Objective The numbers of lower extremity revascularisations and amputations are insufficiently reported in Norway. To support future policy decisions regarding the provision of vascular treatment, knowledge of such trends is important.
Methods This retrospective cross-sectional study from 2001 to 2014 used data from the Norwegian Patient Registry. The revascularisation treatments were categorised in multilevel, aortoiliac, femoral to popliteal and popliteal to foot levels and sorted as open, endovascular and hybrid. The sessions in amputations were divided in major (thigh and below knee) and minor (ankle, foot or digit). Incidence rates were assessed per 100 000 for patients in the age group >60 years. The diabetic prevalence was calculated and the endovascular numbers at the South-Eastern, Western, Central and Northern Norway Regional Health Authority were compared.
Results The overall revascularisation rates increased from 308.7 to 366.8 (p=0.02). Open revascularisations decreased from 158.9 to 98.7 (p<0.01) while endovascular revascularisations increased from 142.2 to 243.4 (p<0.01). Hybrid revascularisations increased from 7.4 to 24.8 (p<0.01). Major amputation rates decreased from 87.8 to 48.7 (p<0.01) while minor amputations increased from 12.3 to 19.6 (p=0.01). The diabetic percentages increased from 12.2 to 22.3 (p<0.01) in revascularisations, from 26.5 to 30.8 (p=0.02) in major amputations and from 43.0 to 49.3 (p=0.13) in minor. (p values refer to average annual changes.) The regional trends in endovascular treatments varied within and between the vascular groups.
Conclusion From 2001 to 2014, the revascularisation rates increased due to the rise in endovascular procedures. Open revascularisations and major amputation rates decreased, minor increased. The regional variances in endovascular treatments indicate that the availability of this technology differed between the health regions of Norway. The increase in patients with diabetes requires continued awareness of diabetes and its complications.
- vascular surgery
- interventional radiology
- health policy
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Strengths and limitations of this study
This study is the first to demonstrate Norwegian trends in the numbers of open and endovascular treatments for peripheral arterial disease including lower extremity amputations, the diabetic prevalence in these treatments and the regional variances in use of endovascular technology.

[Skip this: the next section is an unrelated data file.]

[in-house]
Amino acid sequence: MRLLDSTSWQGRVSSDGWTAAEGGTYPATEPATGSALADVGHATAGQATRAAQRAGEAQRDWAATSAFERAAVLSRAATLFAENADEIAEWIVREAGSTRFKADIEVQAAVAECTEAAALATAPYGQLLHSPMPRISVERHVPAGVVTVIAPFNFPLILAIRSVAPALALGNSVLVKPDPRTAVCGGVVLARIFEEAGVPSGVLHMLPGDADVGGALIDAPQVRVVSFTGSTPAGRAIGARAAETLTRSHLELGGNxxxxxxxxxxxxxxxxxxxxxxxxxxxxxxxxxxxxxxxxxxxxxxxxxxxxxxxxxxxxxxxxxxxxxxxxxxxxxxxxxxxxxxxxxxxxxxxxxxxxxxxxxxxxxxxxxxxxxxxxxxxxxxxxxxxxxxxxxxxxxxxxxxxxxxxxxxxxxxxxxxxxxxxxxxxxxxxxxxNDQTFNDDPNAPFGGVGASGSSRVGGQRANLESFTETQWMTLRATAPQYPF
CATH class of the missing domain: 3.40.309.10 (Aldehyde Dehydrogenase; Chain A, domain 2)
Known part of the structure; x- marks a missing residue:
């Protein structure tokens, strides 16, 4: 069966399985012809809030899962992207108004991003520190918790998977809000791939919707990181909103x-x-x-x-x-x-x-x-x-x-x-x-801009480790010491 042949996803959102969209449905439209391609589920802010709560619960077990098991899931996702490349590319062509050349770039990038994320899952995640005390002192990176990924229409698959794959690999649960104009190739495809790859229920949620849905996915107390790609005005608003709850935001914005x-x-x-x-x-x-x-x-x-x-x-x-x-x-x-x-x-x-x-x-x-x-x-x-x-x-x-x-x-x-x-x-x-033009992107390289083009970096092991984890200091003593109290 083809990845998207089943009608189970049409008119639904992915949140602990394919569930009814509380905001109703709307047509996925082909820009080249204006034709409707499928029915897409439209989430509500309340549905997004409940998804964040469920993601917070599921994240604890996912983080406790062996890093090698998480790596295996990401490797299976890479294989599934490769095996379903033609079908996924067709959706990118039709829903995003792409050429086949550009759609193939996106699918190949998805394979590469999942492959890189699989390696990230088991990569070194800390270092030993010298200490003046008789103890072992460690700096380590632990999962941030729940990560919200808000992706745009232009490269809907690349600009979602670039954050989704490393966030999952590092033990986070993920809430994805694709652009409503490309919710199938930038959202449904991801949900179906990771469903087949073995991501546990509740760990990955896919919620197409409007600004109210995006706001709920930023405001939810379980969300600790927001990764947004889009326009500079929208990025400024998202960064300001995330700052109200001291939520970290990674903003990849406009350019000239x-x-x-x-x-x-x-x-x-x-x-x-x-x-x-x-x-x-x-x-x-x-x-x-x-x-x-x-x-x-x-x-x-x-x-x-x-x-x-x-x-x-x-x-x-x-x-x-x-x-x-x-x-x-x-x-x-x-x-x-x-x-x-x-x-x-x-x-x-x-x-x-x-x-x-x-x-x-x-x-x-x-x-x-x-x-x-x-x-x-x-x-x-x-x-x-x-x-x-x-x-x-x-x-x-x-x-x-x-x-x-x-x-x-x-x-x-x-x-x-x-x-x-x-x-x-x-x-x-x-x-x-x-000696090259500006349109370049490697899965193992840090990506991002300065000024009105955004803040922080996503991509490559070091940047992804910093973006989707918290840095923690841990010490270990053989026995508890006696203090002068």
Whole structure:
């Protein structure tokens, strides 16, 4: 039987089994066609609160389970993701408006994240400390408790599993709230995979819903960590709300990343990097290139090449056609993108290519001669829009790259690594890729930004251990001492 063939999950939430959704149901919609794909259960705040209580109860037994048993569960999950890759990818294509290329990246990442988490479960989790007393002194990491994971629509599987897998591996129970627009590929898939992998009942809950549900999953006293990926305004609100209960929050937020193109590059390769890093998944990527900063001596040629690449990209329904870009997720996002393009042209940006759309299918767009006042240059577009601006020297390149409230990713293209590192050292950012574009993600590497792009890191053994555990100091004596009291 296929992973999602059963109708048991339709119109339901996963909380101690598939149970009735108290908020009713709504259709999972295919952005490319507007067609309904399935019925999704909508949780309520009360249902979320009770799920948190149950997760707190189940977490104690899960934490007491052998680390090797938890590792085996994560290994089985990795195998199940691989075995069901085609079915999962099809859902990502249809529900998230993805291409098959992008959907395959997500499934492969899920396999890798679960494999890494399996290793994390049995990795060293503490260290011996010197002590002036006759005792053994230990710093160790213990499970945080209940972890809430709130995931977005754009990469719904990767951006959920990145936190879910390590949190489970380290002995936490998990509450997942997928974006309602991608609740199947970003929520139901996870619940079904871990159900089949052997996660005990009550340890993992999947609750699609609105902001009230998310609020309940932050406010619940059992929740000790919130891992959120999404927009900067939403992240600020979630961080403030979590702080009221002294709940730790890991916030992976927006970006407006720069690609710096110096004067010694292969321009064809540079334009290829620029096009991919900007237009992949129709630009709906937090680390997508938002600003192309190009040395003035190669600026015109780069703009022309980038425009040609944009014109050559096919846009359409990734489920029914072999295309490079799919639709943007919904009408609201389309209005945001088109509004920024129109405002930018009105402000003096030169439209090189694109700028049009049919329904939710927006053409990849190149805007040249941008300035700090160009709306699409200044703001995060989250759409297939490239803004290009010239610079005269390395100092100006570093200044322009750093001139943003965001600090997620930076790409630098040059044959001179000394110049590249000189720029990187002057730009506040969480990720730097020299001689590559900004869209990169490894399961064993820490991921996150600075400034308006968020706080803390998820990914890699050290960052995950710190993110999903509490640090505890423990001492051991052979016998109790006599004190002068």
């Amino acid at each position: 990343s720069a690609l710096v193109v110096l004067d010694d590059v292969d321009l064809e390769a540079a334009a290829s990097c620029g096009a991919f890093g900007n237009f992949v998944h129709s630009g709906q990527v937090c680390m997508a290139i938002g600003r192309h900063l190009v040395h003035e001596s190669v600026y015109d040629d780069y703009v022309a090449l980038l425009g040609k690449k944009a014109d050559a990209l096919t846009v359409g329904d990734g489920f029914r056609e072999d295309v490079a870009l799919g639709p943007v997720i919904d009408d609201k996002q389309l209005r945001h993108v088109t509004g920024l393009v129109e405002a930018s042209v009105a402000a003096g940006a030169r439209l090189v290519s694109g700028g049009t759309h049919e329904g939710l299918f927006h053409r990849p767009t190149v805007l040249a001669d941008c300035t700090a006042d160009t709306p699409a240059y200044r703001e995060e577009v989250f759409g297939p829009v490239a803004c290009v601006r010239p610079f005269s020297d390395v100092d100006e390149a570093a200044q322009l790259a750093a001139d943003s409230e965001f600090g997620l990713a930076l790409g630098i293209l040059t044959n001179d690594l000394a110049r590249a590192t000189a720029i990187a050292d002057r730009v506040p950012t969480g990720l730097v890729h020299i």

The study provides valuable knowledge for future provision of vascular treatment.
Results are subject to potential errors in records, coding and analysis.
The data were anonymous and did not include outcome measures.
The study was not designed to establish causal relations.
Endovascular procedures are now more commonly performed than open surgery in many Western countries in the invasive treatment of lower peripheral arterial disease. This has led to an increase in revascularisation rates during the past decades and more patients are treated.1 2 The only randomised controlled trial comparing the effectiveness of endovascular intervention with open surgery so far, reported similar short-term outcomes between the two treatment strategies,3 and in recent guidelines an ‘endovascular-first-strategy’ is advocated for almost all types of lesions. Although at a decreasing rate, some complex lesions are still ideally treated by surgical approach.4
On a global level, peripheral arterial disease is one of the most prevalent, morbid and mortal diseases and affected more than 202 million individuals in 2010. The disease is now reported coprevalent among men and women in high-income countries and possibly more prevalent in women than men in low- and middle-income countries. Peripheral arterial disease is relatively uncommon in people younger than 40 years but affects 1 in 10 people aged 70 years and 1 in 6 people older than 80 years. The prevalence of the disease increased by 23.5% between 2000 and 2010.5 6
Smoking and diabetes are identified as the most important risk factors associated with the development of the disease.5 7 Smoking relates to atherosclerosis of proximal segments, diabetes to that of the distal segments.8 Peripheral arterial disease is more severe and progresses more rapidly in people with diabetes than those without. These patients are also at higher risk for lower extremity amputations and reamputations.9 10 In patients with diabetes who are smokers, there is an additive risk.11 Smoking cessation is associated with a decline in the incidence of peripheral arterial disease.12
Recent studies have demonstrated a decrease in major amputations rates and a slight increase in minor amputations.2 13 14 An association between the increased application of endovascular technology and the reduced major amputation rates in patients with peripheral arterial disease has been suggested.1 15 Advances in medical therapy, decreased smoking prevalence and widespread improvements in peripheral arterial disease screening programme are other likely explanations for the reduction in major amputation rates.1 16